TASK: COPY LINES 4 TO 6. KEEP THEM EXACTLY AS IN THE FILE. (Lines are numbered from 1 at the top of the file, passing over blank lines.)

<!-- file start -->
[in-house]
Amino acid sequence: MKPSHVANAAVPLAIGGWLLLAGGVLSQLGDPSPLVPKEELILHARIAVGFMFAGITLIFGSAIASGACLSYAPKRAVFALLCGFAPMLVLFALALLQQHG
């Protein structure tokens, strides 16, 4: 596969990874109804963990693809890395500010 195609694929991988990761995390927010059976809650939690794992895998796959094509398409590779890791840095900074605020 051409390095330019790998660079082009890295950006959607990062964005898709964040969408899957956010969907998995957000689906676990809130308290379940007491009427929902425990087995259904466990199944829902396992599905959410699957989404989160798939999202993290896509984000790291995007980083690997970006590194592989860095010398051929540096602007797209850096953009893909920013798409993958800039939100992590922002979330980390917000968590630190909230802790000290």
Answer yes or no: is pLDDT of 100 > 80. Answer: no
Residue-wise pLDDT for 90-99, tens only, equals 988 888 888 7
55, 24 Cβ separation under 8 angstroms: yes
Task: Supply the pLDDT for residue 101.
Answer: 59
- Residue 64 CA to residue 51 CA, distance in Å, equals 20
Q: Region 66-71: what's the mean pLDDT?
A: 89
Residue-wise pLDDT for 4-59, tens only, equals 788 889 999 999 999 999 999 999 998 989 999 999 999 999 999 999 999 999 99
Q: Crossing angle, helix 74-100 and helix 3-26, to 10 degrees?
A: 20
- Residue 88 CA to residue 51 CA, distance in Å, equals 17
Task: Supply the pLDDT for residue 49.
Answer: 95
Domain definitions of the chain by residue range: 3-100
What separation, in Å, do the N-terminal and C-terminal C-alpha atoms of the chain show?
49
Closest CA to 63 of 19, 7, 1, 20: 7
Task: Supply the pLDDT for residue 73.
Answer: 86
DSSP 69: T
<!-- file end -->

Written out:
Answer yes or no: is pLDDT of 100 > 80. Answer: no
Residue-wise pLDDT for 90-99, tens only, equals 988 888 888 7
55, 24 Cβ separation under 8 angstroms: yes